Maybe the less said about April 10 the better. The year of the rotten lambing! Attacks from crows (they deserve the collective - "a murder of crows"!), accidental death, mismothering, poor grass etc, etc. Having said that, the Anglsey Easies were indeed easy with very good performance despite all the adversity - that is until this week when one precocious lamb started leading the flock through gaps in the hedgerow into the neighbors field, gaps that appeared as the weeks and other wild stuff didn't materialise - largely due to the dryness (yes, dryness) of the soil generally.
Some plants died (a constantly flowering Wallflower bush for one) while others benefited - so few slugs and snails that the Hostas are having a holiday.
The raw Alpaca fleece arrived finally due to the good will of Irene, Mary and Joan but it it a daunting project indeed, even more so than last year:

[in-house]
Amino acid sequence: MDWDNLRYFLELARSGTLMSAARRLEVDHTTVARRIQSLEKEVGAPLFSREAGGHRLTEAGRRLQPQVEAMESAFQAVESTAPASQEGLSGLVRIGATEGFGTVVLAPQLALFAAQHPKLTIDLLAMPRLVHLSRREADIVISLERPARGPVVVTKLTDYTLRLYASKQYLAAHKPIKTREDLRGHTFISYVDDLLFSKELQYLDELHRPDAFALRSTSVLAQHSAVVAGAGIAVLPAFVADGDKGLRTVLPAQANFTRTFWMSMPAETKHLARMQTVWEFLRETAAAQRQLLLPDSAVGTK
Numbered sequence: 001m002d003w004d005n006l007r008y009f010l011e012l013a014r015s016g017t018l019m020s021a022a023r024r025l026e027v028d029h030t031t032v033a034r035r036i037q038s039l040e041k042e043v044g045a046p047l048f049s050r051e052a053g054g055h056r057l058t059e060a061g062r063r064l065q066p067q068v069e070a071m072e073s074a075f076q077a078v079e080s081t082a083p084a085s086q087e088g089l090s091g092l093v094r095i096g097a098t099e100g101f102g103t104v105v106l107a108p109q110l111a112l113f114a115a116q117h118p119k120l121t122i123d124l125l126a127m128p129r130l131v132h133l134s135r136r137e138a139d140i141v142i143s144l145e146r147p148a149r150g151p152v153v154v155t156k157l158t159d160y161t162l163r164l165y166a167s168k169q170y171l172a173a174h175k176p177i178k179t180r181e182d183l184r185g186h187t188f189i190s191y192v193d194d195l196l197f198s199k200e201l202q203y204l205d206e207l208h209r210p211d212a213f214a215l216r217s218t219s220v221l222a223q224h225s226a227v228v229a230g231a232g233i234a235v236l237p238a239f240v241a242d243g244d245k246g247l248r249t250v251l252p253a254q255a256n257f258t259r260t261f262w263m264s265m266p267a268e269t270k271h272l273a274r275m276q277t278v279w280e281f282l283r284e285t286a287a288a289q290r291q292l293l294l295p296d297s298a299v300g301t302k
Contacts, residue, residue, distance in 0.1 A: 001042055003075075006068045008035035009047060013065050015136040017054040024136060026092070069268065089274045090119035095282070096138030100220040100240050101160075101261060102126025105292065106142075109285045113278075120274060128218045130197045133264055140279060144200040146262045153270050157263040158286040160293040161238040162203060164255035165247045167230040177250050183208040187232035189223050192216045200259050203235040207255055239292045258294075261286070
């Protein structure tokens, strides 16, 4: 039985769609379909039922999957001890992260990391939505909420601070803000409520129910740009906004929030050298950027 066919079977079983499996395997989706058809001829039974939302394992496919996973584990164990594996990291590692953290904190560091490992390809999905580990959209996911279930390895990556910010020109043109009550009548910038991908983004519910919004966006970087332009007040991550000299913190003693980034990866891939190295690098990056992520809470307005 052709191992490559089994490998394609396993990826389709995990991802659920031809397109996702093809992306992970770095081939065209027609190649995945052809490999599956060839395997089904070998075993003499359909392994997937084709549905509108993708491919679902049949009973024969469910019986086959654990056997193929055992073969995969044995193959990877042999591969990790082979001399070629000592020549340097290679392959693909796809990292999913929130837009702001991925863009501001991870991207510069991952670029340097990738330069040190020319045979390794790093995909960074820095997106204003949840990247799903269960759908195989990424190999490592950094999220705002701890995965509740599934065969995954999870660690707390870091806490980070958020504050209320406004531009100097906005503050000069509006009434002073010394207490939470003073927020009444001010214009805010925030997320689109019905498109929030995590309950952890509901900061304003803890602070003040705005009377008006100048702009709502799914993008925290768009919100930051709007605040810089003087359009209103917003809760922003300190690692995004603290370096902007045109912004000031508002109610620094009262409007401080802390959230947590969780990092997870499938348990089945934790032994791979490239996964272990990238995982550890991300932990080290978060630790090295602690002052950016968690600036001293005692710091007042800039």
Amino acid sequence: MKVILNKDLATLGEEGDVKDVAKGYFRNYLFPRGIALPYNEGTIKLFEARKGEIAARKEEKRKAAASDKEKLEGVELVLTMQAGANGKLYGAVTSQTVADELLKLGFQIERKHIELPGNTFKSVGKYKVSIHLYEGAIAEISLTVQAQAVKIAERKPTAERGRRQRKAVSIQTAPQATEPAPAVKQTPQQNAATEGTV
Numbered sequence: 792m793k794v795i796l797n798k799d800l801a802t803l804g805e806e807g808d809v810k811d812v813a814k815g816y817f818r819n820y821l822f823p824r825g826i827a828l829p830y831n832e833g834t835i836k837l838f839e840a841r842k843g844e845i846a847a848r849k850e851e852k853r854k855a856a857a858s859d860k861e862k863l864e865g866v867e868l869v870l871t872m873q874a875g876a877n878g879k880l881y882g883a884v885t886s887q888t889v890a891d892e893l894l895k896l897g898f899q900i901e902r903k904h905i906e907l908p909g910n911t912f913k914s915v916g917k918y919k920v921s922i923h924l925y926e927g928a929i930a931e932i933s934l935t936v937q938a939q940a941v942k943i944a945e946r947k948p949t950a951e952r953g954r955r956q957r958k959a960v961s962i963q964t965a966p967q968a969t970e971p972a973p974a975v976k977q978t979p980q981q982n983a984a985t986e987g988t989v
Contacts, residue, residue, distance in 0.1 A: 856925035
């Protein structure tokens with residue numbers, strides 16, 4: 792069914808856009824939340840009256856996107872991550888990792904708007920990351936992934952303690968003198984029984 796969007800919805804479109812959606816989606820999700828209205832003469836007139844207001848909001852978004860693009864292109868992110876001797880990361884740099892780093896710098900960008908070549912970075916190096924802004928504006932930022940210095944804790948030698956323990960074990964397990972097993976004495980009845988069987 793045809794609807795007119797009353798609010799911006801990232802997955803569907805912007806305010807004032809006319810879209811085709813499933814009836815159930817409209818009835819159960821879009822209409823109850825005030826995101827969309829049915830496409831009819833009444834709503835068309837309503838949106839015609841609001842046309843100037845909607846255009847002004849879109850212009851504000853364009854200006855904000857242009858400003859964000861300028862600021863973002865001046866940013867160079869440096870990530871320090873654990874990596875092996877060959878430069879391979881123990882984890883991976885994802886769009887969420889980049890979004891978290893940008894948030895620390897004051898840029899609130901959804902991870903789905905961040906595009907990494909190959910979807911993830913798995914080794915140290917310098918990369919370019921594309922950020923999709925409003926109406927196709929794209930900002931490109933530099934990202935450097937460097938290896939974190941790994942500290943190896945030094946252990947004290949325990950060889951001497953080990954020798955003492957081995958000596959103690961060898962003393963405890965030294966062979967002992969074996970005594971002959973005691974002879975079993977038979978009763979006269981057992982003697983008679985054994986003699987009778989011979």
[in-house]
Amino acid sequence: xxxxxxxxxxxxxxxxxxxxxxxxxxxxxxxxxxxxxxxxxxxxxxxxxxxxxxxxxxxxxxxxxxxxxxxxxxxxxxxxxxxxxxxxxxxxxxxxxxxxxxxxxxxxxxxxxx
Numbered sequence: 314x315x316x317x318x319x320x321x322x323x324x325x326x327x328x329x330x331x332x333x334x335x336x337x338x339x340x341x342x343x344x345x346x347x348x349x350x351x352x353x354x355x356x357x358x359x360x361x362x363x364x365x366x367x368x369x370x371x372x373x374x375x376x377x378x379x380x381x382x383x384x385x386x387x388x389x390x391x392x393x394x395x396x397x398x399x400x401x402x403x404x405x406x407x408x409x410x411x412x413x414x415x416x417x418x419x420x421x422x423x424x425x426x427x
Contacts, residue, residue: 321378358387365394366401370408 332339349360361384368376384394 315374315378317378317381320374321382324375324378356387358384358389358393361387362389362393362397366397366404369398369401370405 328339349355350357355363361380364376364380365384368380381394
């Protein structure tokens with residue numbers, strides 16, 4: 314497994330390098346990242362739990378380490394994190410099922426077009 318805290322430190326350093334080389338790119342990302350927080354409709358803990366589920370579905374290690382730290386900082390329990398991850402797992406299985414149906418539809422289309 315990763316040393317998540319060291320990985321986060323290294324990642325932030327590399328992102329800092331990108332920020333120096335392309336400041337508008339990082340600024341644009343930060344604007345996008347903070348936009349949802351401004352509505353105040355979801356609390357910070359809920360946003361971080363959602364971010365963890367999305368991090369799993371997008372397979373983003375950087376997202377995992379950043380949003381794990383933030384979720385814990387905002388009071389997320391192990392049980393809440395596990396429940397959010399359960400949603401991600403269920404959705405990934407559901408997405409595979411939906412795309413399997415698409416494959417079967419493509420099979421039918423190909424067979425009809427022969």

Alpaca raw fleece 2010
But some progress is made:
Alpaca raw fleece 2010
Alpaca raw fleece 2010
This accounts for about 1/2 the usable stuff (a lot is going into the waste) - the rest hangs there waiting.
One good thing - it seems less smelly and dusty this time which is good as I recently had an allergic sking reaction to lamb's pee pee - the little devil relieved herself while I was carrying her across my chest. I suppose this is a form of ammonical dermatitis - aka nappy rash. It's gone now I'm glad to say.

My Falling Leaves shawl returned along with the Alpaca and I was finally able to add a picot edge to the neck and front sides. It works well 'though the photos are not great (as usual :).
Falling leaves shawl
Falling leaves shawl

Rocket flower yarn is back in action as I decided to make the Miss Potter fingerless gloves with it (the rest of this yarn went to a shawl and a scarf). Decided to make them 2-ply so had to run the single back through the wheel - S wise - then ply Z wise;
Miss Potter Fingerless
Only one done so far.

Meanwhile, continue to spin Frekkie 09 fleece - worsted single from the long part and fat 2-ply from the short stuff. Got about 1,600 yards of the worsted, much less of the woolen so far - probably for a woven project - but not sure yet.

Anyway - more stuff later if I get a chance.